CERN’s noise footprint and its impact on the Laboratory’s neighbours stem mainly from the infrastructure of its large accelerators. In 2019 and 2020, with the accelerator complex shut down, the noise source and profile were different. During this period of heavy maintenance and upgrades, noise resulted mostly from transport and worksite and civil-engineering activities.

Managing CERN's noise footprint

Noise measurements being taken at Point 1 of the LHC. (Image: CERN)

In the past, most CERN sites were in rural areas. With increasing urbanisation, housing has been constructed near to some facilities. To minimise the noise impact on the immediate neighbourhoods, the Organization has implemented noise mitigation measures, such as noise barriers and silencers to reduce noise during accelerator operation.

The majority of CERN’s surface installations are in France; in 2019, the Laboratory published a noise reduction policy and implementation strategy that was agreed upon with the French authorities. This policy was established using baseline measurements carried out in 2018 and includes both preventive and corrective measures. CERN is committed to restricting noise at its perimeter to 70 dB(A) during the day and 60 dB(A) at night at worst, complying with French standards for industrial plants. At most CERN sites, the noise level at the perimeter at night is close to or below 45 dB(A). An update of the policy is under way to better calculate the impact of multiple projects on the same site.

Action has been taken, in particular, to reduce noise from cryogenic equipment, which is vital for cooling the Large Hadron Collider (LHC) and can generate noise in the neighbourhoods closest to the LHC sites. To reduce this disturbance, two large noise silencers were installed on the cryogenic exhaust at Point 2 in France prior to the start of the cool-down operation. A noise campaign to evaluate the silencers’ efficiency was carried out, showing that the exhaust noise was well below the ambient noise of other CERN equipment.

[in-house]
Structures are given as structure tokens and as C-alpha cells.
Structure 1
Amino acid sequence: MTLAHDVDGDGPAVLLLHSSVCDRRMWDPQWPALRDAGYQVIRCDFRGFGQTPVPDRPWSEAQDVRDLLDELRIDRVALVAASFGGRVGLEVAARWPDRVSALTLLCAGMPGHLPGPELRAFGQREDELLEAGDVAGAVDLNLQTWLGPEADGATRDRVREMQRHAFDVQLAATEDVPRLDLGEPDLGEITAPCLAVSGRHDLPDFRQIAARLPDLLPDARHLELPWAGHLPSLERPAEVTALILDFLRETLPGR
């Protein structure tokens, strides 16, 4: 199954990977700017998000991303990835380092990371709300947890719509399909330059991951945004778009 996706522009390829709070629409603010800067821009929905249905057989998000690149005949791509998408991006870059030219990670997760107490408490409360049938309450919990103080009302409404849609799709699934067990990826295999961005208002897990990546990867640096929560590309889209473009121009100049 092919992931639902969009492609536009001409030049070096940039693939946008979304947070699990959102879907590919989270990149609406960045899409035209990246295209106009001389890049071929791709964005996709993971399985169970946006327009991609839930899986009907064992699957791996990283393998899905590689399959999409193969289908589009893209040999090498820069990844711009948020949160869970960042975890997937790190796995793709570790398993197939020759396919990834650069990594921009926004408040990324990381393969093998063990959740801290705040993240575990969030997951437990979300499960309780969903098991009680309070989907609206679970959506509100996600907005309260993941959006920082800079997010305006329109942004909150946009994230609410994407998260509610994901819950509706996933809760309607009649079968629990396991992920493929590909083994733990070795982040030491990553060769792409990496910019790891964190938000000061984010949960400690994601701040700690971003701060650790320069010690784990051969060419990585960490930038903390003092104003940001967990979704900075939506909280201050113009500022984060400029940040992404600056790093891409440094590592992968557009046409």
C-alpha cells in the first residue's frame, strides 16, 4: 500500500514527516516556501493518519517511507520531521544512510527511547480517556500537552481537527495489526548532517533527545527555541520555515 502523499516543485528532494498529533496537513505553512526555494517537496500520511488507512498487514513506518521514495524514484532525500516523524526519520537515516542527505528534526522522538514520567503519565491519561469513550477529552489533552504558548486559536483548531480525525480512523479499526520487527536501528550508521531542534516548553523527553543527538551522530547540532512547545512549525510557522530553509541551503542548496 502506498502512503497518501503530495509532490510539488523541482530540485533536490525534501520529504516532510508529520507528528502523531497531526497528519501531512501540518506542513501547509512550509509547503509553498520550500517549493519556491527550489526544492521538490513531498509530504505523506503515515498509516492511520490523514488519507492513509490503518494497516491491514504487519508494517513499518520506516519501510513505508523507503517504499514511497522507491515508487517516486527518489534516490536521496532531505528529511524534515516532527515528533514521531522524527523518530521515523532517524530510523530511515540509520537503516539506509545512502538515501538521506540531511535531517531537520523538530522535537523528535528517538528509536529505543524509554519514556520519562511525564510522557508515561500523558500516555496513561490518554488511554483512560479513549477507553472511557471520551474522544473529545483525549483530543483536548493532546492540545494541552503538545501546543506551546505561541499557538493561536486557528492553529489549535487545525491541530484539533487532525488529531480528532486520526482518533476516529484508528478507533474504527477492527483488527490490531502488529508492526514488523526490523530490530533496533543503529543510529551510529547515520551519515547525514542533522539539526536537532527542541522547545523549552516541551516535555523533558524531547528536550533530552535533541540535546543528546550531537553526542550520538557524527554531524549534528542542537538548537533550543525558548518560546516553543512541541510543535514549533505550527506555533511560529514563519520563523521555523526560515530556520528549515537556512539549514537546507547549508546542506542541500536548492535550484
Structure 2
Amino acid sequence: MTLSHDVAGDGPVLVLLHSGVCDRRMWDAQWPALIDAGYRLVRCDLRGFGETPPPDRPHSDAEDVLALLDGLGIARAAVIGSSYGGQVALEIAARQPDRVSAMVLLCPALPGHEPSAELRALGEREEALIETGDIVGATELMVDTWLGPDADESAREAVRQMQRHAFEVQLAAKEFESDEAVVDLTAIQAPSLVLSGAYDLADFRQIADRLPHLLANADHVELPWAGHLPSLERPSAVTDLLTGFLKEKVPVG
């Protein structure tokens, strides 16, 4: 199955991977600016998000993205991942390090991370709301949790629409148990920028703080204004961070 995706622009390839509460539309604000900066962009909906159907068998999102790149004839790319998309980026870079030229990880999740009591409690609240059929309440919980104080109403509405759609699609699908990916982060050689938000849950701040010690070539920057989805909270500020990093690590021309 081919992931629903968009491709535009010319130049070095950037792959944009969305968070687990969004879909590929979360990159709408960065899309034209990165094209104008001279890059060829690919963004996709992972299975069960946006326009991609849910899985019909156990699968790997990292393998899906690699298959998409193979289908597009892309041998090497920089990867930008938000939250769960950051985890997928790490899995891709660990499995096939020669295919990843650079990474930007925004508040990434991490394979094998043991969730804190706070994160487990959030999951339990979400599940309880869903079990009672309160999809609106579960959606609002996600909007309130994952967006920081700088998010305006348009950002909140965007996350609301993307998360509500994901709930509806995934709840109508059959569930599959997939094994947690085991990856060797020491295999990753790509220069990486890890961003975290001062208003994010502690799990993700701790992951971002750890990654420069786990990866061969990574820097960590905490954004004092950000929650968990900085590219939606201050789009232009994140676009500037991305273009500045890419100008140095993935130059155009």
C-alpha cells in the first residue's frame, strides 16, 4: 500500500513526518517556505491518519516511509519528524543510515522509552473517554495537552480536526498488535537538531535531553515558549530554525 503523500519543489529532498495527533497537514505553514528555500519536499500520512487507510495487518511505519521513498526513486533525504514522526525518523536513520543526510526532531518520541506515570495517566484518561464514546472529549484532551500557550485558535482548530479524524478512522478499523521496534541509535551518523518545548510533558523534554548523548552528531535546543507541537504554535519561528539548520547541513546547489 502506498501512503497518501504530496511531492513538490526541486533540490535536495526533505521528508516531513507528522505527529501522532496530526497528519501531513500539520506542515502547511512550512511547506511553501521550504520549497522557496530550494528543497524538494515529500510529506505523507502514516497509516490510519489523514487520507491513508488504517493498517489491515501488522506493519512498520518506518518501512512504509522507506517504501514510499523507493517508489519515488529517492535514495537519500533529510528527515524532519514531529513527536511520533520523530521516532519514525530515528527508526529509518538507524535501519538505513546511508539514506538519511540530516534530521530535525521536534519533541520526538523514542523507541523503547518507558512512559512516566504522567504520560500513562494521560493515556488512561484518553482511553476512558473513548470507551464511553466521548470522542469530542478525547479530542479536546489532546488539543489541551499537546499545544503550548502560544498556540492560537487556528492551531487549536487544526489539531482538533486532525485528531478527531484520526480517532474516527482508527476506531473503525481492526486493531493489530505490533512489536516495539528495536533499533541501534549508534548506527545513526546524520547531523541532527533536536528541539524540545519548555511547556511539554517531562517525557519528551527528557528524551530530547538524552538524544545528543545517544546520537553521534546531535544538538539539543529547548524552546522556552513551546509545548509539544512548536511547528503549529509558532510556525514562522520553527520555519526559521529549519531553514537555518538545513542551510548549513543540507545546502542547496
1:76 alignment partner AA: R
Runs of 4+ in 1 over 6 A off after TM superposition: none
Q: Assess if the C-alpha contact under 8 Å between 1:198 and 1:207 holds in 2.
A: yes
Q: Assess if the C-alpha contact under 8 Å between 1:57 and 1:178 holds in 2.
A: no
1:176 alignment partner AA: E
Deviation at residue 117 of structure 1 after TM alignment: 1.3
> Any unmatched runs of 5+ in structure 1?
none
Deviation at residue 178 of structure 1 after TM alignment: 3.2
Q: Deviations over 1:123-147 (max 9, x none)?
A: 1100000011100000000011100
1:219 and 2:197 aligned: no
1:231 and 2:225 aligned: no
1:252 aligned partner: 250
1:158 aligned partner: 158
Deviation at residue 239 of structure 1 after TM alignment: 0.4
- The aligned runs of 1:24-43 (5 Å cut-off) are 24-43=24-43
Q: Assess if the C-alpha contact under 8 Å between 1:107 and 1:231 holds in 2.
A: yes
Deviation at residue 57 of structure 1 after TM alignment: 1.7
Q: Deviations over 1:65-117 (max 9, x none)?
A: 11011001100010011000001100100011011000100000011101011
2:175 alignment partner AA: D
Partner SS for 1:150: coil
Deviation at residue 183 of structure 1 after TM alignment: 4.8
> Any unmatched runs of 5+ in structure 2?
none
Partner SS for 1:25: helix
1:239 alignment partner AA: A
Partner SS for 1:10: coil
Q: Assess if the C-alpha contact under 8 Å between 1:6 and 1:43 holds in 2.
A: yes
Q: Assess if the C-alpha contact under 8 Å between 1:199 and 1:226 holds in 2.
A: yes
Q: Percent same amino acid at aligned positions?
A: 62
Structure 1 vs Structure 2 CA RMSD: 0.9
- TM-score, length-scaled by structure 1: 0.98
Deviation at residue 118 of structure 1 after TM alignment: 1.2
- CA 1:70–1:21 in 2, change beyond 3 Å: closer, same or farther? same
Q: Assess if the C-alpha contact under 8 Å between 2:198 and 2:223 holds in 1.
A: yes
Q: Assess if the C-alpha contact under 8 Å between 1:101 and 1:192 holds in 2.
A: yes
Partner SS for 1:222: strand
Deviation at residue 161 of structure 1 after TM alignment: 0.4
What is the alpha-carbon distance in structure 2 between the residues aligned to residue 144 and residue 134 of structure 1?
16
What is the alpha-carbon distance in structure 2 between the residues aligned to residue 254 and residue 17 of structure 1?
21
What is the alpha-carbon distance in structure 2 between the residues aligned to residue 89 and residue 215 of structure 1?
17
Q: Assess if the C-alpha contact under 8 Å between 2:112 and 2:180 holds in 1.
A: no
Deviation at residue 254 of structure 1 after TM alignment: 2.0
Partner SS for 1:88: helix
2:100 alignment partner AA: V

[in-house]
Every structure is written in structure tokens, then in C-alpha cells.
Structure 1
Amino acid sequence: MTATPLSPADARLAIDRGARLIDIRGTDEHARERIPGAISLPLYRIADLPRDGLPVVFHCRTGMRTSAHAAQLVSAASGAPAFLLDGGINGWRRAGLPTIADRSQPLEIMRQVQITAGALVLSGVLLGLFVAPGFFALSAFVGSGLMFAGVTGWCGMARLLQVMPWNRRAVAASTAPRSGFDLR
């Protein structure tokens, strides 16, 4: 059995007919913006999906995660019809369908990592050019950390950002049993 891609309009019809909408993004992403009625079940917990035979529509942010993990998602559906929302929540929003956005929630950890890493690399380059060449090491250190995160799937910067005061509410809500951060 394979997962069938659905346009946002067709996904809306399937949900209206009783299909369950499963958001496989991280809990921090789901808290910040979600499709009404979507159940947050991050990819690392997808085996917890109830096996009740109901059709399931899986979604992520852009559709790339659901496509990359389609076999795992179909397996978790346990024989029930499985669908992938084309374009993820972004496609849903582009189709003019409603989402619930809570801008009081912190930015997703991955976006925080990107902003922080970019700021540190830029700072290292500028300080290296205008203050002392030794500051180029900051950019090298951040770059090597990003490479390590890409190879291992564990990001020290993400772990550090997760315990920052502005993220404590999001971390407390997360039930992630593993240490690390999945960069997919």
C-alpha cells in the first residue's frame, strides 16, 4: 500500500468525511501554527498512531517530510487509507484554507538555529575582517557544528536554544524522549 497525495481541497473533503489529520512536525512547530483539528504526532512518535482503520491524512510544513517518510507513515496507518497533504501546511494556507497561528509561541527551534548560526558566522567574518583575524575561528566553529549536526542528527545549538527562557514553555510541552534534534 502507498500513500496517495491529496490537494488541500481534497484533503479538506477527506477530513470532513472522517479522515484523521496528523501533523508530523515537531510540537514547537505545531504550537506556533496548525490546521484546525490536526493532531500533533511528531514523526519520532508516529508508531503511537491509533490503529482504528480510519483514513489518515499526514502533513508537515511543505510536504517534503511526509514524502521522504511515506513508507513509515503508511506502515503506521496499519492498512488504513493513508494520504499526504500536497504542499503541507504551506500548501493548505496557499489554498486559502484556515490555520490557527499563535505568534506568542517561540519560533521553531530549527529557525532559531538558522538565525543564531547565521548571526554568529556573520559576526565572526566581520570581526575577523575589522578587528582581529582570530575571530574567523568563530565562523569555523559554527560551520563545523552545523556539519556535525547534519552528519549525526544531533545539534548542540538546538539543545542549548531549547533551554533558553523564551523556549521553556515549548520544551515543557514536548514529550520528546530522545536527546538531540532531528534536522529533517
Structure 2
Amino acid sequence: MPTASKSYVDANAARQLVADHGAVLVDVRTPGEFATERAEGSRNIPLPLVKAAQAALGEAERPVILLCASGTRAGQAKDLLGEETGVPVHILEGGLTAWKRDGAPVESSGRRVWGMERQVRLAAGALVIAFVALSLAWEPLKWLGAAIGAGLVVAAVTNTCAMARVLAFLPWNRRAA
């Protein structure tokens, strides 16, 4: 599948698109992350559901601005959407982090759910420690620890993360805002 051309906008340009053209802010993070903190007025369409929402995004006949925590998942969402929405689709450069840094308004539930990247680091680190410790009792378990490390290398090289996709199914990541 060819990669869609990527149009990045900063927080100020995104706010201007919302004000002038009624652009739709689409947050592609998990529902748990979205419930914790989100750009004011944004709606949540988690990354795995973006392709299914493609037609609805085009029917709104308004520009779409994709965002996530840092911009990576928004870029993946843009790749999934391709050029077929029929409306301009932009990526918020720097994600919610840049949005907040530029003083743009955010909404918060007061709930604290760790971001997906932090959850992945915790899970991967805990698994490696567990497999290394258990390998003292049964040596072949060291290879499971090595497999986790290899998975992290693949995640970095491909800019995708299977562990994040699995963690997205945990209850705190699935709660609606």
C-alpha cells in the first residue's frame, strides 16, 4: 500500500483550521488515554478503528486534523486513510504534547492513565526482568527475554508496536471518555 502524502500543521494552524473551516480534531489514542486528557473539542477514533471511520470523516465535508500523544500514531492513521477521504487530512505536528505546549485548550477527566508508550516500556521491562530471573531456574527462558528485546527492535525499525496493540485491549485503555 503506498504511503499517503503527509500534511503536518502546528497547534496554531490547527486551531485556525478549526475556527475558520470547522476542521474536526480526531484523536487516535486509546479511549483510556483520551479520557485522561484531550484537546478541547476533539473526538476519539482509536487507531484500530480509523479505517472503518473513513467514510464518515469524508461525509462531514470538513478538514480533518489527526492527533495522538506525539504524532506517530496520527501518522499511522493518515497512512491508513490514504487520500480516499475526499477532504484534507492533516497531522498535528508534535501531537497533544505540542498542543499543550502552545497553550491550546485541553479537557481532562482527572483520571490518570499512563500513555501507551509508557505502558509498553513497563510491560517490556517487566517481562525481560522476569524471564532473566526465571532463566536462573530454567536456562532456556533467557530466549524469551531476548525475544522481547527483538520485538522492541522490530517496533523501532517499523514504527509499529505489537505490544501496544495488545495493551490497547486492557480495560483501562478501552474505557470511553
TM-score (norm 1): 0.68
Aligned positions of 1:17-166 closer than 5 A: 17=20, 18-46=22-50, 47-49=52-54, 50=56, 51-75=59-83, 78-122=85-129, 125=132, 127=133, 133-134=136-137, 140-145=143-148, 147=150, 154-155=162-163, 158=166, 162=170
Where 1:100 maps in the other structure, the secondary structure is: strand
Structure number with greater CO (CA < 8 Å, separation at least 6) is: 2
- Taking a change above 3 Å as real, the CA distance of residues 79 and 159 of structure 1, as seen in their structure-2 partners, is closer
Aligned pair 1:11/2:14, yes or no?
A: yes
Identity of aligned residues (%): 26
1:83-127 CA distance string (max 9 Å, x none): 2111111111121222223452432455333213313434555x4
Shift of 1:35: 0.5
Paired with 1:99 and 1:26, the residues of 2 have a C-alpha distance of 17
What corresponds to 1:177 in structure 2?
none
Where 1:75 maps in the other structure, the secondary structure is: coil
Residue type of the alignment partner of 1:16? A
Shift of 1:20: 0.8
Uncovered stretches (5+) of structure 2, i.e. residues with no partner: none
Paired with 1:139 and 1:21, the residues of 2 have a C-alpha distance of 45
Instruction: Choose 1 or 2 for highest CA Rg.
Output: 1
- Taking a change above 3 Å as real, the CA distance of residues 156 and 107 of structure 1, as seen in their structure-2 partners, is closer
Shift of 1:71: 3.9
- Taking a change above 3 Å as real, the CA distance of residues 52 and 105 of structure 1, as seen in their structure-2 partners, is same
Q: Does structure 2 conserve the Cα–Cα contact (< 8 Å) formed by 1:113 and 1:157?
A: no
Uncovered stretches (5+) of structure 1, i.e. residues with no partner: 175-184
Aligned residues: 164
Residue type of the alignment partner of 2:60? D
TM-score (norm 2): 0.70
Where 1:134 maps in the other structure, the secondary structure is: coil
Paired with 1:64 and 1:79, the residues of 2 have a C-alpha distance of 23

Noise measurements

Every year, CERN carries out noise measurement campaigns at the perimeter of its sites. Measurements are carried out during daytime, night-time and weekends at around 200 locations, and the results are then compared to the 2018 baseline. During the period covered by this report, 2019 and 2020, occasional non-conformities were identified due to maintenance and consolidation activities, which were then corrected.

CERN is also evaluating the possibility of integrating an online monitoring system that carries out real-time measurements, allowing rapid intervention if needed.

In focus

Jordan Minier is an acoustic expert who started working at CERN in 2020 to ensure implementation of the noise policy.

— What is CERN’s approach to controlling the noise of its projects?

JM: In addition to carrying out routine noise measurements to evaluate the impact of existing installations, CERN has developed a strong noise-assessment process for each new project or new piece of equipment.

During the design phase of new projects, we use 3D modelling to predict their noise impact. The 3D modelling uses input from CERN’s existing buildings, sensitive receptors and noise source information. This allows us to predict noise levels at the sites’ perimeters and at each sensitive receptor location. Noise characterisation and 3D modelling are also used for implementing noise mitigation measures for existing buildings. All of the calculations are made in accordance with ISO 9613.

Based on the 3D modelling results, CERN develops mitigation measures and design changes to ensure that the noise remains below the limit set in the noise reduction policy.

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